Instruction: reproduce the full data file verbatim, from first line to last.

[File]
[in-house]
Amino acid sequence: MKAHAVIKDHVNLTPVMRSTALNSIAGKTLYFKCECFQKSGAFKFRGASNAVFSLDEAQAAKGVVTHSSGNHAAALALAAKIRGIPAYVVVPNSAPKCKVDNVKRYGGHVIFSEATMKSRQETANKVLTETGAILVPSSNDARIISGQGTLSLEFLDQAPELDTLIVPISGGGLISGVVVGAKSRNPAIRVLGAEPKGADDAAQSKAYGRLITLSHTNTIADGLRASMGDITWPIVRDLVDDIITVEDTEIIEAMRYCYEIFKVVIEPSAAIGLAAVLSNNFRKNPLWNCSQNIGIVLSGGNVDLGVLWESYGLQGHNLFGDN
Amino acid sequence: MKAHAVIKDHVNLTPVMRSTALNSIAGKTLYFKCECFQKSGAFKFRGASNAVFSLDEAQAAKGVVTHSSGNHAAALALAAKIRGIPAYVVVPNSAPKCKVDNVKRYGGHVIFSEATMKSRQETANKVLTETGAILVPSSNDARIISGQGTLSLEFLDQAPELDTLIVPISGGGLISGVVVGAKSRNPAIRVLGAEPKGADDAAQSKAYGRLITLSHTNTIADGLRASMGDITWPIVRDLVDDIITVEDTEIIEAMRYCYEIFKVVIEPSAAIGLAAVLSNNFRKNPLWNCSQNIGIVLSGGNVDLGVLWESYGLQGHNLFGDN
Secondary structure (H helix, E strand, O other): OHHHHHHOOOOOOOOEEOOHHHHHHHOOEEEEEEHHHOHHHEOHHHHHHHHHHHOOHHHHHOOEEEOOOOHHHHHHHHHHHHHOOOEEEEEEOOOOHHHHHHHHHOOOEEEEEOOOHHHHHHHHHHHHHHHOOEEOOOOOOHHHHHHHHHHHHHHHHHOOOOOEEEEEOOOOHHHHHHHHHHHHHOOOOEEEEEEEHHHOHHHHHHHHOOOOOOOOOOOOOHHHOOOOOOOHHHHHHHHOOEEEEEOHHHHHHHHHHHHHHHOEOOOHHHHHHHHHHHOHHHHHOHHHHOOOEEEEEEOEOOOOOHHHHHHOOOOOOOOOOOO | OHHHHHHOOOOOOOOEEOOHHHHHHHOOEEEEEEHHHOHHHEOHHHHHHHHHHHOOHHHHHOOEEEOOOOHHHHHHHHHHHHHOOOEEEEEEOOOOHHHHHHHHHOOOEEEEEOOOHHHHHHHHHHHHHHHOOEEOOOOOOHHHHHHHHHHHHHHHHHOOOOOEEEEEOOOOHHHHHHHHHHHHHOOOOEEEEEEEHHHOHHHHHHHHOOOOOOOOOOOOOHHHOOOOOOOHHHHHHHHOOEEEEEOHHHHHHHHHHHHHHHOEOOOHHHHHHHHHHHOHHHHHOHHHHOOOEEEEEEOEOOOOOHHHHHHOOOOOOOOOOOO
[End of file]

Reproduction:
[in-house]
Amino acid sequence: MKAHAVIKDHVNLTPVMRSTALNSIAGKTLYFKCECFQKSGAFKFRGASNAVFSLDEAQAAKGVVTHSSGNHAAALALAAKIRGIPAYVVVPNSAPKCKVDNVKRYGGHVIFSEATMKSRQETANKVLTETGAILVPSSNDARIISGQGTLSLEFLDQAPELDTLIVPISGGGLISGVVVGAKSRNPAIRVLGAEPKGADDAAQSKAYGRLITLSHTNTIADGLRASMGDITWPIVRDLVDDIITVEDTEIIEAMRYCYEIFKVVIEPSAAIGLAAVLSNNFRKNPLWNCSQNIGIVLSGGNVDLGVLWESYGLQGHNLFGDN
Amino acid sequence: MKAHAVIKDHVNLTPVMRSTALNSIAGKTLYFKCECFQKSGAFKFRGASNAVFSLDEAQAAKGVVTHSSGNHAAALALAAKIRGIPAYVVVPNSAPKCKVDNVKRYGGHVIFSEATMKSRQETANKVLTETGAILVPSSNDARIISGQGTLSLEFLDQAPELDTLIVPISGGGLISGVVVGAKSRNPAIRVLGAEPKGADDAAQSKAYGRLITLSHTNTIADGLRASMGDITWPIVRDLVDDIITVEDTEIIEAMRYCYEIFKVVIEPSAAIGLAAVLSNNFRKNPLWNCSQNIGIVLSGGNVDLGVLWESYGLQGHNLFGDN
Secondary structure (H helix, E strand, O other): OHHHHHHOOOOOOOOEEOOHHHHHHHOOEEEEEEHHHOHHHEOHHHHHHHHHHHOOHHHHHOOEEEOOOOHHHHHHHHHHHHHOOOEEEEEEOOOOHHHHHHHHHOOOEEEEEOOOHHHHHHHHHHHHHHHOOEEOOOOOOHHHHHHHHHHHHHHHHHOOOOOEEEEEOOOOHHHHHHHHHHHHHOOOOEEEEEEEHHHOHHHHHHHHOOOOOOOOOOOOOHHHOOOOOOOHHHHHHHHOOEEEEEOHHHHHHHHHHHHHHHOEOOOHHHHHHHHHHHOHHHHHOHHHHOOOEEEEEEOEOOOOOHHHHHHOOOOOOOOOOOO | OHHHHHHOOOOOOOOEEOOHHHHHHHOOEEEEEEHHHOHHHEOHHHHHHHHHHHOOHHHHHOOEEEOOOOHHHHHHHHHHHHHOOOEEEEEEOOOOHHHHHHHHHOOOEEEEEOOOHHHHHHHHHHHHHHHOOEEOOOOOOHHHHHHHHHHHHHHHHHOOOOOEEEEEOOOOHHHHHHHHHHHHHOOOOEEEEEEEHHHOHHHHHHHHOOOOOOOOOOOOOHHHOOOOOOOHHHHHHHHOOEEEEEOHHHHHHHHHHHHHHHOEOOOHHHHHHHHHHHOHHHHHOHHHHOOOEEEEEEOEOOOOOHHHHHHOOOOOOOOOOOO